Project Related

Sea-Tac Runway Nearing Completion

[Correction] Whoops, I think it’s North America’s tallest MSE Wall, not the world’s. Anyone know what the World’s tallest MSE wall is? [/Correction]

TheNewsTribune.com has an interesting article on the Sea-Tac third runway project and how it is nearing completion and an overview of the hurdles faced. This was a unique project from a geotechnical perspective because in order to construct the runway, North America’s tallest MSE retaining wall at 130-ft high was built. One thing I didn’t know is that the 13 million cu-yd of fill needed to construct the runway needed to pass careful inspection to make sure it was free of contaminants and similar in mineralogical composition to the on-site materials. The implications and reasoning are explained in this quote from the article:

“We had to find gravel that originated in the same place in Canada and that was transported here by the glaciers as the gravel that was here on the site,” said King.

The reasoning behind such a requirement is that water that leached through the fill would pick up minute traces of the minerals in the fill, drain into the creeks and confuse or damage native salmon returning to those creeks.

By way of ASCE SmartBrief

[…]

No Picture
Press Releases

380,000 Jobs Now in Jeopardy Because Congress Fails To Rescue America’s Transportation Account

[Editor] From American Association of Highway and Transportation Officials, released June 26, 2008. [/Editor]

An estimated 380,000 thousand jobs and hundreds of construction projects are in jeopardy across the nation after Congress failed this week to fix a 3.3 billion dollar deficit in the Highway Trust Fund. The House and Senate dropped a provision from a three-month aviation tax extension bill that would have provided $8 billion to keep the nation’s transportation account solvent.

AASHTO Executive Director John Horsley expressed his strong disappointment saying, “If members of Congress believe that this failure to act has no consequences, they’re wrong.” Most states depend on federal funding to support transportation projects, but states won’t know if their federal highway funding will be cut by 34 percent until their fiscal year begins. For many states, the fiscal year starts on July 1.

This failure to act sets the stage for a last minute effort in late September to rescue America’s Transportation Account. If that does not occur, the federal-aid highway program will be reduced by $13.5 and $20 billion.

This loss would be another blow to the transportation industry, which is suffering from a stagnant economy, high fuel prices, inflationary pressures, and natural disasters.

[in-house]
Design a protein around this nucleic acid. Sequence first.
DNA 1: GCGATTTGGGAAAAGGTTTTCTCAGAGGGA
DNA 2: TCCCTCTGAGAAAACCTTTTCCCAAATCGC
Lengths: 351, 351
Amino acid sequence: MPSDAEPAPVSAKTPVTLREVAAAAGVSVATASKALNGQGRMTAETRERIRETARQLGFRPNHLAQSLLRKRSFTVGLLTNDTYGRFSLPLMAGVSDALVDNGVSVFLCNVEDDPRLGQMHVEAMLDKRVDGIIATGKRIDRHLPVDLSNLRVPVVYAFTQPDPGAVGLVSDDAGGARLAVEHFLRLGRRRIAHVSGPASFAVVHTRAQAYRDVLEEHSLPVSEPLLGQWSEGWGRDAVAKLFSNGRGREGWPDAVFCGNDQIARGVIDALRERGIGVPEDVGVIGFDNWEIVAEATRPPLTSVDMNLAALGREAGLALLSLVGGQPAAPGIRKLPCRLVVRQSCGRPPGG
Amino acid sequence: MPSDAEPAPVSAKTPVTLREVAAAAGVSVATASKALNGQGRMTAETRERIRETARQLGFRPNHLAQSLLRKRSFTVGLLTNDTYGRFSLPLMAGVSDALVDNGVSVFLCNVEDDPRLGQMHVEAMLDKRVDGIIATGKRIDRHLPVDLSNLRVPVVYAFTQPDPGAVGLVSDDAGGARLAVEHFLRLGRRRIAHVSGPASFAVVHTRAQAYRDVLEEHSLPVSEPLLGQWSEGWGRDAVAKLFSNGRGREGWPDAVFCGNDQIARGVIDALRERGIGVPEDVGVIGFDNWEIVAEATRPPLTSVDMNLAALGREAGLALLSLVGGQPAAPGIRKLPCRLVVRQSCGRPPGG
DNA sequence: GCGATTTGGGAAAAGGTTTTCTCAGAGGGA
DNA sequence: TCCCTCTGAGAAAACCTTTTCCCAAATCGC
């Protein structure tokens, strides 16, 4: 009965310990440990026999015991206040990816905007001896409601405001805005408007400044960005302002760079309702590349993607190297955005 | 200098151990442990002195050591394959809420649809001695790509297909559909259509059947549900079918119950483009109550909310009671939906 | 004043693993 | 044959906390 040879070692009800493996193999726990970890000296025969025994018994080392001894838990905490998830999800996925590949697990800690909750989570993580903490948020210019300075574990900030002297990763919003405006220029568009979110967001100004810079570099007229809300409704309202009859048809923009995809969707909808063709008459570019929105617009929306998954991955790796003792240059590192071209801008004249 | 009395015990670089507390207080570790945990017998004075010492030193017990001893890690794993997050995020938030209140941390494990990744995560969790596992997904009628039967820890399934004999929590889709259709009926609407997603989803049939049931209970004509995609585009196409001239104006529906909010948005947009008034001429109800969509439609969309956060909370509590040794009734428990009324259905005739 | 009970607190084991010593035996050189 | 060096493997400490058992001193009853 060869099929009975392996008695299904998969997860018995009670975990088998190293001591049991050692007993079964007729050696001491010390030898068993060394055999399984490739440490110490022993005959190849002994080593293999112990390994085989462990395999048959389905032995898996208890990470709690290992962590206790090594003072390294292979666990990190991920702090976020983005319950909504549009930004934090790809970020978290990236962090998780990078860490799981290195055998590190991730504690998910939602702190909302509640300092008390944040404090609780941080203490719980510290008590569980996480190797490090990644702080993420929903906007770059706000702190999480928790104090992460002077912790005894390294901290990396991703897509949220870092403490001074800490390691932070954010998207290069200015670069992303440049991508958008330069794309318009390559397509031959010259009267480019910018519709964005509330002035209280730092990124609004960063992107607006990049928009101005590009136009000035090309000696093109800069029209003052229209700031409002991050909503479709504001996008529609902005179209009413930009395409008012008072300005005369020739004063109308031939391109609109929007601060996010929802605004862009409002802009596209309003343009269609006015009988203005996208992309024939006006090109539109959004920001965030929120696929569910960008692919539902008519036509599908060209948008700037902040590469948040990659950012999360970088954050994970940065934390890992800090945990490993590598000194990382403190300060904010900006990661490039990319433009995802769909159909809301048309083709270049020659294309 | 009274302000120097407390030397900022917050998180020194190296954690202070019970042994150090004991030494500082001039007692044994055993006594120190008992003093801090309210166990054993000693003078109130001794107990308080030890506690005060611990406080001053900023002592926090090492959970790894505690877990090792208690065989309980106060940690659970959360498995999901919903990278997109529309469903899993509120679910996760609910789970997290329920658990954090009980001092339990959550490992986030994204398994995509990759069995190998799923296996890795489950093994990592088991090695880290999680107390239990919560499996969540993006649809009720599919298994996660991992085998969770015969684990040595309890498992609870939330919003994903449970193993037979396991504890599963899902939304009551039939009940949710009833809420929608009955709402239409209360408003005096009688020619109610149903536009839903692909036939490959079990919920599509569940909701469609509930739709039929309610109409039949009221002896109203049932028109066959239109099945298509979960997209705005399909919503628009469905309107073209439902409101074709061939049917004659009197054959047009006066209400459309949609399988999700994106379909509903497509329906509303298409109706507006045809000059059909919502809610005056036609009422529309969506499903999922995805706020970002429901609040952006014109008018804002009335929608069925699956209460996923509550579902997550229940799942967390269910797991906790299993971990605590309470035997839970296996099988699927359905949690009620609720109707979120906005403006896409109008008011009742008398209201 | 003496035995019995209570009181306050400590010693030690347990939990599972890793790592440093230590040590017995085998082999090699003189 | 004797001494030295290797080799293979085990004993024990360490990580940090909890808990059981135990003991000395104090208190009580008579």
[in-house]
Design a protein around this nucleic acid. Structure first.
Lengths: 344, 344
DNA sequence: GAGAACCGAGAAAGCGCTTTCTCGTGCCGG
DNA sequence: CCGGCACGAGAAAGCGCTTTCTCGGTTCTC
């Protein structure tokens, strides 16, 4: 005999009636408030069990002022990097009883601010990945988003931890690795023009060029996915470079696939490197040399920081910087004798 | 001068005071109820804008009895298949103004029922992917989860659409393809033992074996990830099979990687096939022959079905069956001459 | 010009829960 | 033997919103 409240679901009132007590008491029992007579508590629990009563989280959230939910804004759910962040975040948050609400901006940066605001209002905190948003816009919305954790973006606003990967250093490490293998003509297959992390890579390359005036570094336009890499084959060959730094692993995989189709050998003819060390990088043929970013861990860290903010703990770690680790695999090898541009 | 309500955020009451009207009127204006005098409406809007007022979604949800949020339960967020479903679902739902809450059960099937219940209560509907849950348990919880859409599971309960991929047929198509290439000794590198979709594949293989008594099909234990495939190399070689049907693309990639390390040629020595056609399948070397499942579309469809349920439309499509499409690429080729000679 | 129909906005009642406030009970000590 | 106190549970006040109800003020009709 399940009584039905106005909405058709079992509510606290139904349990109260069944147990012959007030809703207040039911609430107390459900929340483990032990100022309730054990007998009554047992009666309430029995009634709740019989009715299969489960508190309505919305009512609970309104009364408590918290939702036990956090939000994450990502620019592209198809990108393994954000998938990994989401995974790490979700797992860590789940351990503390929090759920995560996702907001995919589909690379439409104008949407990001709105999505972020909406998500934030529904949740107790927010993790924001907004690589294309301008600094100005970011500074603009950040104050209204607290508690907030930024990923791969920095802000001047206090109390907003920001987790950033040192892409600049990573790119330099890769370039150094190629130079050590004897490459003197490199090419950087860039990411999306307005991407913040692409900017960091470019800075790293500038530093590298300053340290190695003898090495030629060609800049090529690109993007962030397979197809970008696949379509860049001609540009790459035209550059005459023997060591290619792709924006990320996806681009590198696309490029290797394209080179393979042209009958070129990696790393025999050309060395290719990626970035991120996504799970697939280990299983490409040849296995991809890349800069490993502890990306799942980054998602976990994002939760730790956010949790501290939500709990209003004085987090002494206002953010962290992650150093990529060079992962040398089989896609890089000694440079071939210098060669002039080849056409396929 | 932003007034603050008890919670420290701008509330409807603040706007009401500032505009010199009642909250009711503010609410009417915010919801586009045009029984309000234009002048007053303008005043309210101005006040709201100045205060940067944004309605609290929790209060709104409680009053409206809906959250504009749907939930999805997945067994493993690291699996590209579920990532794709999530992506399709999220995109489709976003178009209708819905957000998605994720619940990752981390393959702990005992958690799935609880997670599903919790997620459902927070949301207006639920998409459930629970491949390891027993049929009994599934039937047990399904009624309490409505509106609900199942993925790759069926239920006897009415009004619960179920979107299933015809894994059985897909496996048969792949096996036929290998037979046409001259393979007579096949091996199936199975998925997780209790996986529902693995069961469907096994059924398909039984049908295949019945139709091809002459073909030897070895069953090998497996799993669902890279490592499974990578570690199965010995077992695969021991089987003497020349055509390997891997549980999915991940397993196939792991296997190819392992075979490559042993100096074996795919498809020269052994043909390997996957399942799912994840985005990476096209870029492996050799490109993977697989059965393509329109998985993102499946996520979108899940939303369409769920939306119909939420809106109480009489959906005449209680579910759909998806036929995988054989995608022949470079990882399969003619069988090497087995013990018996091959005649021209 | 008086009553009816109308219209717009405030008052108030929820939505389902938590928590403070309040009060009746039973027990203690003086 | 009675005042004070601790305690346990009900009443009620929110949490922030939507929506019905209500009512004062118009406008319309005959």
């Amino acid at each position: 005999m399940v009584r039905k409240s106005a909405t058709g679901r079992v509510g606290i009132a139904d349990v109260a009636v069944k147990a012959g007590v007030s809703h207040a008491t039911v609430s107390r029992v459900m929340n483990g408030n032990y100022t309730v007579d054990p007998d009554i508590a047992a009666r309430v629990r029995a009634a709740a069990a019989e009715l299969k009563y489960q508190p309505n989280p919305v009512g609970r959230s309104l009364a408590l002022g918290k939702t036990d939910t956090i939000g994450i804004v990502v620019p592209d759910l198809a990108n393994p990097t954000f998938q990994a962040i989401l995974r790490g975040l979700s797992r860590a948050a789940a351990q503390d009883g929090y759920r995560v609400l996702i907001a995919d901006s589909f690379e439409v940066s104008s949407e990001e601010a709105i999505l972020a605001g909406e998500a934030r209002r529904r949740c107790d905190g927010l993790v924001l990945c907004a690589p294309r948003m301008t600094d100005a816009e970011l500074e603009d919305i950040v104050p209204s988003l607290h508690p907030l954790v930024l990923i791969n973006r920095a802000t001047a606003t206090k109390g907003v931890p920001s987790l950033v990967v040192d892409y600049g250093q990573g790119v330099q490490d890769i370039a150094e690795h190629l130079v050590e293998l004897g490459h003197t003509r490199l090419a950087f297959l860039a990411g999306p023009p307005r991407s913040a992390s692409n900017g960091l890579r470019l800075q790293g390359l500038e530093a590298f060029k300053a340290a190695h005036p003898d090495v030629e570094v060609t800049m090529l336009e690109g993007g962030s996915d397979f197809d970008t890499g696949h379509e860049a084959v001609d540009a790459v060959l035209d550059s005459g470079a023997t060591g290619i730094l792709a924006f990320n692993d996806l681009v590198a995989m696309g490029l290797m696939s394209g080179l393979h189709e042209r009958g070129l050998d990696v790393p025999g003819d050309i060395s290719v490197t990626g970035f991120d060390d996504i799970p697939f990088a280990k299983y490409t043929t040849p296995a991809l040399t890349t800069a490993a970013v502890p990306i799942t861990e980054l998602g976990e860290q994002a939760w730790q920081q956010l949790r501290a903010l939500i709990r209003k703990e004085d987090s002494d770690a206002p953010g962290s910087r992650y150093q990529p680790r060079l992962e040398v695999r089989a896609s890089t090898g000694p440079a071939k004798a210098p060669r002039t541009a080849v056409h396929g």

The American Association of State Highway and Transportation Officials (AASHTO) is the “Voice of Transportation” representing all 50 states, the District of Columbia, and Puerto Rico. AASHTO is a nonprofit, nonpartisan association serving as a catalyst for excellence in transportation.

[…]


Available Resources

Wind Turbine Foundations and Massive Off-Shore Turbines

Within the span of a few days I had two wind turbine foundation items to post. First, an old U of A Geological Engineering colleague, Eric Ntambakwa sent me a link to a paper written by him and a colleage (Kirk Morgan). Both of them work for Garrad Hassan America, Inc., one of the preeminent authorities on wind turbine design. Their paper entitled "Wind Turbine Foundation Behavior and Design Considerations" was a very interesting look at foundations in this specialized industry. The other item came from ENR, and was about massive, "behemoth" off-shore wind turbines with an interesting foundation design. Read on for the rest of the details. (Photo by brentdanley)

 

[…]

Press Releases

Ohio DOT to use EQuIS for Geotechnical Data Management

June 19, 2008. EarthSoft today announced that it has received a contract from the Ohio Department of Transportation (ODOT) for an Enterprise version of EQuIS for geotechnical data management, including support of new DIGGS (Data Interchange for Geotechnical & Geoenvironmental Specialists) EDDs.

[Editor] Read on for the rest of the press release. Screen capture credit: EarthSoft, Inc. [/Editor] 

[…]

Project Related

The Claremont Tunnel – Designed to Survive Fault Rupture on the Hayward Fault

The Claremont tunnel beneath the Berkeley Hills on the east side of Oakland is a water supply tunnel that serves over 800,000 customers in Richmond, Oakland, San Leandro and neighboring communities. One of the unique things about the tunnel is that it crosses the active Hayward Fault. Most of the time when you talk about designing for earthquakes you’re talking about designing to withstand the seismic forces. In this case, the designers needed the water transmission tunnel to withstand up to 7.5-ft of offset due to fault slip and still maintain a minimum level of service. (Photo credit: Sue Bednarz, Jacobs Associates, Inc. by way of Civil Engineering Magazine)